Compromise Of 1850 Analysis

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Compromise of 1850 This Compromise was based off of Clay’s eight resolutions to settle controversy of slavery on January 29, 1850. President Taylor’s efforts to bring CA and NM to the union as free states angered many because southerners, slaveholders, fought in the Mexican War and they believed that their desires should hold more weight over this matter. Without seeing much progress, the South threatened to leave the Union and the session between the nation greatened. People looked upon Clay to make peace like he did with the Missouri Compromise. Clay’s resolutions were: admit CA as a free state, organize territories of NM and UT without restrictions on slavery, deny TX’s claim on New Mexico, compensate TX by having the federal government …show more content…
Stowe was a pious daughter, sister, and wife of Congregationalist ministers and she epitomized the powerful religious underpinnings of the abolitionist movement. Her motivation for writing the novel was her disgust with the Fugitive Slave Act of 1850. By 1855, her novel was called “the most popular novel of our day.” It depicts a combination of unlikely saints and sinners, stereotypes, fugitive slaves, escapades, and the sad realities of slavery that was made real to readers. Many slaveholders were dissatisfied with her novel, and one mailed Stowe an anonymous parcel with a severed ear of a disobedient slave. Although her novel took time to have effect on public opinión, the North were more open to the abolitionist ideas and movements to increase because readers were able to develop empathy for the slaves as they read the novel. Faced with the realistic horrors of slavery, the Northerners were able to unite in their anti-slavery beliefs that grew so strong to contradict beliefs of the South and go to war for their …show more content…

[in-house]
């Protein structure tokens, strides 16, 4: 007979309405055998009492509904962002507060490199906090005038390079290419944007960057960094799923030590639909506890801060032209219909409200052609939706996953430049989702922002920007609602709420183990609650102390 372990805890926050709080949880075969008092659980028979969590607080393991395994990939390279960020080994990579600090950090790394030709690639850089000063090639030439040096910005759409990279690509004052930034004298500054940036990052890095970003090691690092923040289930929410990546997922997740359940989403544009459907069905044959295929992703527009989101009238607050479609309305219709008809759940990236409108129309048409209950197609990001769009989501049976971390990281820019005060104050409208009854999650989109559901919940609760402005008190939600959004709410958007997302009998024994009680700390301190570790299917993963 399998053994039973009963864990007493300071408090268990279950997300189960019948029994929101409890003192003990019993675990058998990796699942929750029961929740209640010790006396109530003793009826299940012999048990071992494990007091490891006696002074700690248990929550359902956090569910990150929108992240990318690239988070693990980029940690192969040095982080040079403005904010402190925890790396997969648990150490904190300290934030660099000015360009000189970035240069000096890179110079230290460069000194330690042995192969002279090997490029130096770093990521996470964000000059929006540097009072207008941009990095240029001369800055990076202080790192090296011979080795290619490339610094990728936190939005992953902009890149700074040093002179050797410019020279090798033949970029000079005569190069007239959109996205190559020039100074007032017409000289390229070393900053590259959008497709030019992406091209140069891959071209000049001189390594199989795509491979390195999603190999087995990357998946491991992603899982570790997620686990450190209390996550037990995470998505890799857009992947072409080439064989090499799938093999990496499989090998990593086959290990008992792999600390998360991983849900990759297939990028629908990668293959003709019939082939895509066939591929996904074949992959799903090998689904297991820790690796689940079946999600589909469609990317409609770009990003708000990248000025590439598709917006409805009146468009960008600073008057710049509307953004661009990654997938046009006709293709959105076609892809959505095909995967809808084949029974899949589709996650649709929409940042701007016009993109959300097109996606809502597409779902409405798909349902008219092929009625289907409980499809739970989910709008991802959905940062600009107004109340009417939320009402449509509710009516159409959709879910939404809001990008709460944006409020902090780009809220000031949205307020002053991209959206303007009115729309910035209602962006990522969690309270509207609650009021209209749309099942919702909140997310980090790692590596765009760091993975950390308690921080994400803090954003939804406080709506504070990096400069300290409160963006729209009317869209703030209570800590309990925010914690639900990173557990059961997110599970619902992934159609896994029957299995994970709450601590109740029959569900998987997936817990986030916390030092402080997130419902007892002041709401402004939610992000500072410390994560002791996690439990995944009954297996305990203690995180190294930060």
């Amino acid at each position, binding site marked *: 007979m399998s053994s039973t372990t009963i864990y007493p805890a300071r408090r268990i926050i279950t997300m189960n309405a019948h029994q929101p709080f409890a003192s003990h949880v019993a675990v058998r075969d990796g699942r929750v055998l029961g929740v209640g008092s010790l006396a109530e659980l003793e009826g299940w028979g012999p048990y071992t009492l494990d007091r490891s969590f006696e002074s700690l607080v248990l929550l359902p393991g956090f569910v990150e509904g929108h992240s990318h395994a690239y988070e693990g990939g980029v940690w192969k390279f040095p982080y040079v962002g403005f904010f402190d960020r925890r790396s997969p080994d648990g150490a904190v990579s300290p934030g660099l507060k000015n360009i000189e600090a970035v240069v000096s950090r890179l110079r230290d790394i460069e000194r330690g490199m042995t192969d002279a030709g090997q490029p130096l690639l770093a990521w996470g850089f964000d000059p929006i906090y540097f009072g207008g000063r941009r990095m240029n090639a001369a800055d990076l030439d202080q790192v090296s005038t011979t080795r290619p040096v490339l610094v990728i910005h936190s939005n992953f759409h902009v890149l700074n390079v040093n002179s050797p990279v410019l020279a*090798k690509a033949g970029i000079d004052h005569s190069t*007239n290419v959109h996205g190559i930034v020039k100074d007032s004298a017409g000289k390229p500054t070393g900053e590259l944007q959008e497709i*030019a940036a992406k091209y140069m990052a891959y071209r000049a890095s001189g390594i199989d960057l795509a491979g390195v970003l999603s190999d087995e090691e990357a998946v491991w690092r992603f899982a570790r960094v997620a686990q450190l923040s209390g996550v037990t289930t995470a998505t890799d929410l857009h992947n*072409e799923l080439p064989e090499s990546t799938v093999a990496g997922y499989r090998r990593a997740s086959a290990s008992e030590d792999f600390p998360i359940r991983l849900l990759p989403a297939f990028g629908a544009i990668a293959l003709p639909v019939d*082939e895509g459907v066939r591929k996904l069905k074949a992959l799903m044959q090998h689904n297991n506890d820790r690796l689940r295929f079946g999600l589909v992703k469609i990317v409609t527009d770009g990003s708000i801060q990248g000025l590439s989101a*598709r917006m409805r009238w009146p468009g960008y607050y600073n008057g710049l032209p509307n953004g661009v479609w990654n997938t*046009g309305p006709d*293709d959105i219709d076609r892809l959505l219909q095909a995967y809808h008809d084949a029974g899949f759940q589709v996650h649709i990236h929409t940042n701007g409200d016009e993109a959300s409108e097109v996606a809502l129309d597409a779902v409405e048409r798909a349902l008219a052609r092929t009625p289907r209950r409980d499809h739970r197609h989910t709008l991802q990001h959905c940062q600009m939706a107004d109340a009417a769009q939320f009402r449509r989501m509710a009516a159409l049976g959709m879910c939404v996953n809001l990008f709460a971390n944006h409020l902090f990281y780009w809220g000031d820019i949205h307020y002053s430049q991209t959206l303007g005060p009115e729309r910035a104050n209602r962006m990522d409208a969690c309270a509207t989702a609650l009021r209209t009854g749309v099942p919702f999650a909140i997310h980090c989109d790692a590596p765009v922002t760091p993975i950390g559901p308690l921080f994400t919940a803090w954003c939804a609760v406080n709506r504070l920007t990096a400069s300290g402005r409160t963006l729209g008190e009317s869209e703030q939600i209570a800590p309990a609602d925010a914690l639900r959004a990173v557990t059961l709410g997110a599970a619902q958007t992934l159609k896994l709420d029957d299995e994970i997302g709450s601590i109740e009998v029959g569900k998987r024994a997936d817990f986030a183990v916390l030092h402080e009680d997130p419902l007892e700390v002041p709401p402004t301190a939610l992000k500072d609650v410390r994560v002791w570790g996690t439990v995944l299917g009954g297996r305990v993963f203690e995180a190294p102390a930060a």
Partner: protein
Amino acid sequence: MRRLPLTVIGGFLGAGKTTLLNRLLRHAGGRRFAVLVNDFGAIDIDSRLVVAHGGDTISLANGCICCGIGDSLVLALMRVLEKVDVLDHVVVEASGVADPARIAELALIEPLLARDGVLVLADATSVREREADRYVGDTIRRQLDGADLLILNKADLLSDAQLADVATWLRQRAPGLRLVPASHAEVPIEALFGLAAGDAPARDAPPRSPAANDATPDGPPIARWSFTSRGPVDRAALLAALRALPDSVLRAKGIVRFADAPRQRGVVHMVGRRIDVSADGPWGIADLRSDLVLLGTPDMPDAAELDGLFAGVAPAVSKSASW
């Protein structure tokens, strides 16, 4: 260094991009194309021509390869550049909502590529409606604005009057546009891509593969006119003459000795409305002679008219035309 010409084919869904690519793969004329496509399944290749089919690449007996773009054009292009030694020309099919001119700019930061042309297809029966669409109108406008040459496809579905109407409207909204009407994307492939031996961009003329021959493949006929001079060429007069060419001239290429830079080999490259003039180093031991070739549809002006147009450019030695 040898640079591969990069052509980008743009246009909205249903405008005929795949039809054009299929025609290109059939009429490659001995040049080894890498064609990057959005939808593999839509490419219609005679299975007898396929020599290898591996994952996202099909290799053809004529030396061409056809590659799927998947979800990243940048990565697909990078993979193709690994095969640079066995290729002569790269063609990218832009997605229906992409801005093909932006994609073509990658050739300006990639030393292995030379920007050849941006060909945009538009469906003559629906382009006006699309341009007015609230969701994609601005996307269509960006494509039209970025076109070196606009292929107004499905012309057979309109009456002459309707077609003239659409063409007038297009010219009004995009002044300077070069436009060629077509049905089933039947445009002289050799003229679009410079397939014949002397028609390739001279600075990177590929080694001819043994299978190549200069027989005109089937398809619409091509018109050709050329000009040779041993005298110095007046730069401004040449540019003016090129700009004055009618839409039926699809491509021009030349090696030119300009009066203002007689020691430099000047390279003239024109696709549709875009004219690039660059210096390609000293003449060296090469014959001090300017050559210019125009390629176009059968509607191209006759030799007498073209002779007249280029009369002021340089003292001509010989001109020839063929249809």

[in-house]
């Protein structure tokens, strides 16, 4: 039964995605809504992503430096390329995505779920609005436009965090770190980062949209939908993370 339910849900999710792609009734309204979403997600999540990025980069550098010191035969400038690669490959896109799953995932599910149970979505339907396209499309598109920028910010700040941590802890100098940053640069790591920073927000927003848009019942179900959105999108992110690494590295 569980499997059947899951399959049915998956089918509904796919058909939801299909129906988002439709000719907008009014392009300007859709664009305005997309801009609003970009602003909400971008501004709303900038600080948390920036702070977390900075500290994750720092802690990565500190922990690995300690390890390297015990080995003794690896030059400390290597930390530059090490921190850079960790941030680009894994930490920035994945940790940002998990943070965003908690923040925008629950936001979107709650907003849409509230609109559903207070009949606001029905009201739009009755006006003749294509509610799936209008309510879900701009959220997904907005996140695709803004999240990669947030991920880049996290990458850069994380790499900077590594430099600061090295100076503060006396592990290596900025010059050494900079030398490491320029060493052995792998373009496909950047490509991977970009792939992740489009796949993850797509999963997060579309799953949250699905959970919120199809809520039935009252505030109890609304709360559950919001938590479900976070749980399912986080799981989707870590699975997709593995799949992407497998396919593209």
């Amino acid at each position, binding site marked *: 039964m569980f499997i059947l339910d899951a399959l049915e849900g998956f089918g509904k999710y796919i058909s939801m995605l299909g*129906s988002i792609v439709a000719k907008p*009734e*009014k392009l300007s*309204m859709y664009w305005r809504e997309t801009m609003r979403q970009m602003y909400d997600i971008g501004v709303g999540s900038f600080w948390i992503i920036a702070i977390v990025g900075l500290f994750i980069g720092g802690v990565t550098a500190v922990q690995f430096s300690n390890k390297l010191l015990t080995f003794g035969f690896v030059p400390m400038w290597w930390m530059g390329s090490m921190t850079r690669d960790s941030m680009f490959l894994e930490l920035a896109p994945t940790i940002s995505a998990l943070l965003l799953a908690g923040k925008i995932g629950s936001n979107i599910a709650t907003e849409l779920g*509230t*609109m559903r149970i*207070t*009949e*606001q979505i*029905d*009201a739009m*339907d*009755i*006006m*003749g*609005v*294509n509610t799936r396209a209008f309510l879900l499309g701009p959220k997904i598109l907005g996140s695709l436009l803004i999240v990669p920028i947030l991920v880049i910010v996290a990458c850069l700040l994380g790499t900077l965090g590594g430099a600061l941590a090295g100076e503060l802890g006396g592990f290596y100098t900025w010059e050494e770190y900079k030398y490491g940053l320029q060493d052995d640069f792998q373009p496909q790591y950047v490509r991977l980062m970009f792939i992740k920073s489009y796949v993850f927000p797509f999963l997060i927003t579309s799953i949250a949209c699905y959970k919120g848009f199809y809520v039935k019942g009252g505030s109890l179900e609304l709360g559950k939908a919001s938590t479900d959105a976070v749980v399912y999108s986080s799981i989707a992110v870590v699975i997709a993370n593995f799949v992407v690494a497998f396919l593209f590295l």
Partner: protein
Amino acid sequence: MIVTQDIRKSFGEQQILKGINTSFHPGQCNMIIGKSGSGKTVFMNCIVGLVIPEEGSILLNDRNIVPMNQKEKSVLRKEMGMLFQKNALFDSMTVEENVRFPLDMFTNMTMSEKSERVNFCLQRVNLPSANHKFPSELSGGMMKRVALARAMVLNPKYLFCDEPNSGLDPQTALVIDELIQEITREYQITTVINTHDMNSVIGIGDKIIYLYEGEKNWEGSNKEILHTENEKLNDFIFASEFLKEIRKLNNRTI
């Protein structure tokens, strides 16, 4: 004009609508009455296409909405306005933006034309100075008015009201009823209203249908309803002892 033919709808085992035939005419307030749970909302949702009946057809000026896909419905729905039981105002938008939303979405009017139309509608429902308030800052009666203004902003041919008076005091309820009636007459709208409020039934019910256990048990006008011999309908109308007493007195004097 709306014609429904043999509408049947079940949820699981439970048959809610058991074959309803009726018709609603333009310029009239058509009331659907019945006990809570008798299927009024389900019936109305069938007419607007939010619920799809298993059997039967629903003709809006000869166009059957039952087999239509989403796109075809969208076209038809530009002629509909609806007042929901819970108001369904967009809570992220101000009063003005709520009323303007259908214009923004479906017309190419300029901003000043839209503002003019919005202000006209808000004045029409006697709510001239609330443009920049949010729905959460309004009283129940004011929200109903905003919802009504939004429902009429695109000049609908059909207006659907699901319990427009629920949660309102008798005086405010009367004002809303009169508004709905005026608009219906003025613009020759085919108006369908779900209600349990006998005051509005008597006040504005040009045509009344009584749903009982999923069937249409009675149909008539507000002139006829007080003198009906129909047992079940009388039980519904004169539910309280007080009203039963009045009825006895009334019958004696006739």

Sandford. Scott was born a slave in VA around 1800 and was sold to an army surgeon in 1830 who took him to Illinois, then to the Wisconsin Territory and finally back to St. Louis in 1842. His owner died in 1843 and Scott attempted to buy his freedom and in 1846 his wife persuaded him to file a suit in the Missouri courts that claimed that residence in Illinois and Wisconsin Territory had made him into a free man. A jury decided in his favor but the state supreme court ruled against him and eventually the case rose on appeal to the Supreme Court. The Chief Justice Roger Taney said that because Scott lacked citizenship, he also lacked legal standing like all former slaves. He was an ardent supporter of the South and slavery and claimed that blacks had were considered as inferior for more than a century that they had no rights same to the whites. Taney’s decision began flames of dissension and republicans protested the decision because it nullified their anti-slavery program. IT also reinforced the suspicion that the pro-slavery group was starting a conspiracy because all but one justices who had voted with Taney were southerners. This started suspicion and further division of the two groups and sparked tensions of

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